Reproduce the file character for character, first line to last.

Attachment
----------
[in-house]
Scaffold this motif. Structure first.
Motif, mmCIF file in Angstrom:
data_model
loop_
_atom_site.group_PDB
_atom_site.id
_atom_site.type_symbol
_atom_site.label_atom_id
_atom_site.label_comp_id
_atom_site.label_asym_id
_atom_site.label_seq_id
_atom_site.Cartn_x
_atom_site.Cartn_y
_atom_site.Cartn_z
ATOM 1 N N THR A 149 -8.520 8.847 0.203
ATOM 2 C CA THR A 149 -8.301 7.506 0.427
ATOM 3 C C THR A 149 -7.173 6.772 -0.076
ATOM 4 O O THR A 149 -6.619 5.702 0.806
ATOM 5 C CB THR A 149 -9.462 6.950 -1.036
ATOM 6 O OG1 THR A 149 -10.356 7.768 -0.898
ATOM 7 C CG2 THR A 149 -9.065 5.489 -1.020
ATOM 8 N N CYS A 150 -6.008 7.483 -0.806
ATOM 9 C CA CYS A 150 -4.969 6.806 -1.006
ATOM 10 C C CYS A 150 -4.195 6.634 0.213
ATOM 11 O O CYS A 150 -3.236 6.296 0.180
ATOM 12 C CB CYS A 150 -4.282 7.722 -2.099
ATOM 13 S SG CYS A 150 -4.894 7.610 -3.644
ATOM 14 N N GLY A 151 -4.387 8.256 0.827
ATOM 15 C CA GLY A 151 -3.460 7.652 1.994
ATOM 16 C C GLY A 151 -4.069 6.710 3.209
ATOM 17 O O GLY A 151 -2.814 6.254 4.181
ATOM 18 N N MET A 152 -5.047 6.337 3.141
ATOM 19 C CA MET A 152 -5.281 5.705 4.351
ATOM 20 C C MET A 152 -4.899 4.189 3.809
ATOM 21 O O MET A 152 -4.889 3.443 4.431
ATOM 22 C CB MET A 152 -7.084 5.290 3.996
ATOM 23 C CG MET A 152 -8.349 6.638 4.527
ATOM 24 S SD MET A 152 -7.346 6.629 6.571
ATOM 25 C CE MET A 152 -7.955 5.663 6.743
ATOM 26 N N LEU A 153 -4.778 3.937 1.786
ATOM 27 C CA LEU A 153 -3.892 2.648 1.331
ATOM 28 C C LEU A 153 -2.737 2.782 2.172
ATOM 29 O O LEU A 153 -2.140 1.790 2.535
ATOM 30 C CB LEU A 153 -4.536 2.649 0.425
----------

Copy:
[in-house]
Scaffold this motif. Structure first.
Motif, mmCIF file in Angstrom:
data_model
loop_
_atom_site.group_PDB
_atom_site.id
_atom_site.type_symbol
_atom_site.label_atom_id
_atom_site.label_comp_id
_atom_site.label_asym_id
_atom_site.label_seq_id
_atom_site.Cartn_x
_atom_site.Cartn_y
_atom_site.Cartn_z
ATOM 1 N N THR A 149 -8.520 8.847 0.203
ATOM 2 C CA THR A 149 -8.301 7.506 0.427
ATOM 3 C C THR A 149 -7.173 6.772 -0.076
ATOM 4 O O THR A 149 -6.619 5.702 0.806
ATOM 5 C CB THR A 149 -9.462 6.950 -1.036
ATOM 6 O OG1 THR A 149 -10.356 7.768 -0.898
ATOM 7 C CG2 THR A 149 -9.065 5.489 -1.020
ATOM 8 N N CYS A 150 -6.008 7.483 -0.806
ATOM 9 C CA CYS A 150 -4.969 6.806 -1.006
ATOM 10 C C CYS A 150 -4.195 6.634 0.213
ATOM 11 O O CYS A 150 -3.236 6.296 0.180
ATOM 12 C CB CYS A 150 -4.282 7.722 -2.099
ATOM 13 S SG CYS A 150 -4.894 7.610 -3.644
ATOM 14 N N GLY A 151 -4.387 8.256 0.827
ATOM 15 C CA GLY A 151 -3.460 7.652 1.994
ATOM 16 C C GLY A 151 -4.069 6.710 3.209
ATOM 17 O O GLY A 151 -2.814 6.254 4.181
ATOM 18 N N MET A 152 -5.047 6.337 3.141
ATOM 19 C CA MET A 152 -5.281 5.705 4.351
ATOM 20 C C MET A 152 -4.899 4.189 3.809
ATOM 21 O O MET A 152 -4.889 3.443 4.431
ATOM 22 C CB MET A 152 -7.084 5.290 3.996
ATOM 23 C CG MET A 152 -8.349 6.638 4.527
ATOM 24 S SD MET A 152 -7.346 6.629 6.571
ATOM 25 C CE MET A 152 -7.955 5.663 6.743
ATOM 26 N N LEU A 153 -4.778 3.937 1.786
ATOM 27 C CA LEU A 153 -3.892 2.648 1.331
ATOM 28 C C LEU A 153 -2.737 2.782 2.172
ATOM 29 O O LEU A 153 -2.140 1.790 2.535
ATOM 30 C CB LEU A 153 -4.536 2.649 0.425